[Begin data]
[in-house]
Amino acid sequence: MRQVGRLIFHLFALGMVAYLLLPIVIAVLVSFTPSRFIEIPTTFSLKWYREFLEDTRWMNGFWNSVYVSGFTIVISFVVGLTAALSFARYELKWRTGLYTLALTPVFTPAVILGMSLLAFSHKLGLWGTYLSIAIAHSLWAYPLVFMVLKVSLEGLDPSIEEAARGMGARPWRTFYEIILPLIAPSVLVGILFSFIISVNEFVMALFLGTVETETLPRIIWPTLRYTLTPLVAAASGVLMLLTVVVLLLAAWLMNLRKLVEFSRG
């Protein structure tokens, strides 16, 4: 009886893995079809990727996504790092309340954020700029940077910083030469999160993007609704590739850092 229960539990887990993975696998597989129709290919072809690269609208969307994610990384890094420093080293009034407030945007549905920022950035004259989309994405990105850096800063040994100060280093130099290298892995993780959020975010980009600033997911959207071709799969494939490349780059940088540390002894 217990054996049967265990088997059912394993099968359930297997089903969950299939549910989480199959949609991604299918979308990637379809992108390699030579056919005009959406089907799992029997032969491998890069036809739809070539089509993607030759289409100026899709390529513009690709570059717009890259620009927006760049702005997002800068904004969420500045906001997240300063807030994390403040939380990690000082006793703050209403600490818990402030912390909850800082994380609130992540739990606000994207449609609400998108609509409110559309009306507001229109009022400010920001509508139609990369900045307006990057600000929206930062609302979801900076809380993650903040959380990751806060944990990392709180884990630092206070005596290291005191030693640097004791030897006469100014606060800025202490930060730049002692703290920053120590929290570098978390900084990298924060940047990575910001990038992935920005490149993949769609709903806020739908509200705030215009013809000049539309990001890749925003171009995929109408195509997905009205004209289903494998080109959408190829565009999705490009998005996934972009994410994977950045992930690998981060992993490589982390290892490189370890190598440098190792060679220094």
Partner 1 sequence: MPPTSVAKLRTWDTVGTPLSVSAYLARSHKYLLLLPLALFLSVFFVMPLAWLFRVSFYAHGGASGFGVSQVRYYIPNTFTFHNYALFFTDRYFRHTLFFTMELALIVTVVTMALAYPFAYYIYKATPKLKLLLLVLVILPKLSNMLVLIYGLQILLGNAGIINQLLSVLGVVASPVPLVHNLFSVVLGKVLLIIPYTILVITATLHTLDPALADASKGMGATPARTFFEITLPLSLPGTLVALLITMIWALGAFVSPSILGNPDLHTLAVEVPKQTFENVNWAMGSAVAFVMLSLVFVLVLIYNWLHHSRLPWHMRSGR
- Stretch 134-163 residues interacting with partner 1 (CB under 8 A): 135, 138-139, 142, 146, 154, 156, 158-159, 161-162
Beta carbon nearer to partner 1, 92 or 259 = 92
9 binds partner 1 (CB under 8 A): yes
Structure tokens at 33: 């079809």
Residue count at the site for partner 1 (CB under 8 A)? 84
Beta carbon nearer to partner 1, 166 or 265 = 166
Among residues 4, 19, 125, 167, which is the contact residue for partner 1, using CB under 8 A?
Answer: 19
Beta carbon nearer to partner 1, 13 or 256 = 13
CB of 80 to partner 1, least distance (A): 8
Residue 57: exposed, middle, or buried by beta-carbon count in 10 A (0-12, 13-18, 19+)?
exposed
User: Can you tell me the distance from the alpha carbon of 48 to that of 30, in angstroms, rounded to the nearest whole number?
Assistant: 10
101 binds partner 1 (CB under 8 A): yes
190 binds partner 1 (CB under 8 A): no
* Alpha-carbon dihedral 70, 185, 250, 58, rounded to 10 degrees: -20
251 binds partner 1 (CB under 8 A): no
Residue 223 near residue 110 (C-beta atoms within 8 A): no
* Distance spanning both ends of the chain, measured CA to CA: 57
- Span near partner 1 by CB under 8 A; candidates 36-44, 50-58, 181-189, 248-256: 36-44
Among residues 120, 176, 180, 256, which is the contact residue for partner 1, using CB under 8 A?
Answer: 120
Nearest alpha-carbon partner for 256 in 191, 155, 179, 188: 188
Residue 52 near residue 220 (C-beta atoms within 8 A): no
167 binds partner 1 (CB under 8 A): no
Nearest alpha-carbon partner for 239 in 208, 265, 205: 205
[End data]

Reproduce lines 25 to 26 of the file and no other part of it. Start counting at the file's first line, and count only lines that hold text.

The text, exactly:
- Span near partner 1 by CB under 8 A; candidates 36-44, 50-58, 181-189, 248-256: 36-44
Among residues 120, 176, 180, 256, which is the contact residue for partner 1, using CB under 8 A?